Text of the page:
*This post is sponsored by AbbVie.
Much of my life has been spent in pain. That’s not normal, and it’s not okay. Having suffered from excruciating period cramps since my first period, pain is no stranger. But, it’s never a welcome visitor and I’m tired of suffering alone. So, ladies, let’s talk.
What’s Causing this Pain? Endometriosis.
I have a family history of endometriosis. For me, every period since they began has been painful. Typically, we’re not aware of a body part unless something is hurting. In between cycles, I find myself quite aware of my uterus, which is an odd thing–are all women acutely aware of this organ’s presence in their bodies?
Pain is our body’s way of communicating to us when things are amiss. After nearly two and a half decades of regularly scheduled pain, I had come to accept it. I used to think, it could be worse, and then just power through the agony.
That’s not normal, and it’s not okay.
What is Endometriosis?
Endometriosis is a chronic and painful disease that affects an estimated one in 10 women of reproductive age. You can learn more about endometriosis here and some of the symptoms associated with the condition by clicking here.
Every woman has a different diagnosis experience and may go through one or more of these steps: pelvic exam, ultrasound, blood test, treatment or surgery. It is important to talk with your doctor to determine what is causing your pain.
Endometriosis Treatment Options
Medical and surgical treatment options are available for endometriosis pain. As someone who understands the pain that can be associated with endometriosis, I was excited to learn about a potential treatment option called ORILISSA® (elagolix).
While there is no cure for endometriosis, ORILISSA is for women 18 and over with moderate to severe endometriosis pain and provides women with endometriosis pain and healthcare providers another option to help manage it.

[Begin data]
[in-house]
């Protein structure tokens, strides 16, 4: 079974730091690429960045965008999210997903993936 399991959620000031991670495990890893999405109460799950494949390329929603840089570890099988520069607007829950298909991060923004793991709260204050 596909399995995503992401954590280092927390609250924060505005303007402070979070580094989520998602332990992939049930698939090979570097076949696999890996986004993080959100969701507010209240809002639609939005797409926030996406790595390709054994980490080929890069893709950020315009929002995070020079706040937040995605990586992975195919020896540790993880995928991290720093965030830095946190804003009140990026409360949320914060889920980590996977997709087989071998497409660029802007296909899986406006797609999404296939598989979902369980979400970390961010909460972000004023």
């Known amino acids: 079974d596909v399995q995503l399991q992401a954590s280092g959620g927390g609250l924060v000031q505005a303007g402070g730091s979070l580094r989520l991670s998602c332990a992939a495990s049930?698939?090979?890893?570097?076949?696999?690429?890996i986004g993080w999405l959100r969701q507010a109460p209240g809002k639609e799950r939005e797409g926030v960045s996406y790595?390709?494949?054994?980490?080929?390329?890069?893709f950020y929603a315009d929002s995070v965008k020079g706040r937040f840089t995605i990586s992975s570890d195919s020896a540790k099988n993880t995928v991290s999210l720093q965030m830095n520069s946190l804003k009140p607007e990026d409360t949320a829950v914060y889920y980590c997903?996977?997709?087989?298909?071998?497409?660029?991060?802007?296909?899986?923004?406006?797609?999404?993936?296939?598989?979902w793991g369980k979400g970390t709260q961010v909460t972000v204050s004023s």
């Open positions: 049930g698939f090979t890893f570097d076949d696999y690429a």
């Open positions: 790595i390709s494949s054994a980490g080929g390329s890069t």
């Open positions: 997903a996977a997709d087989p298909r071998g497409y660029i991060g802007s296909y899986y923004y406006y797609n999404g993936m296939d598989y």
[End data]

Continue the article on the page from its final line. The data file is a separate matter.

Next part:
For additional support, you can also download the Ori for Me app where you’ll get access to personalized resources like endometriosis pain and wellness tracking, and tips and life hacks for women living with endometriosis, and one-on-one support from a nurse.
Knowledge is power. Arm yourself with information before your next doctor’s appointment and be sure to tell your doctor about all of your symptoms.
Information about ORILISSA
For more information, visit ORILISSA.com.
Please see below for Important Safety Information.
ORILISSA® (elagolix) is a prescription medicine used to treat moderate to severe pain associated with endometriosis. It is not known if ORILISSA is safe and effective in children under 18 years of age.
IMPORTANT SAFETY INFORMATION
What is the most important information I should know about ORILISSA?
ORILISSA may cause serious side effects, including:
- Bone Loss (decreased Bone Mineral Density [BMD])
While you are taking ORILISSA, your estrogen levels will be low. This can lead to BMD loss. Your BMD may improve after stopping ORILISSA, but may not recover completely. It is unknown if these bone changes could increase your risk for broken bones as you age. Your healthcare provider (HCP) may order a DXA scan to check your BMD.
- Effects on Pregnancy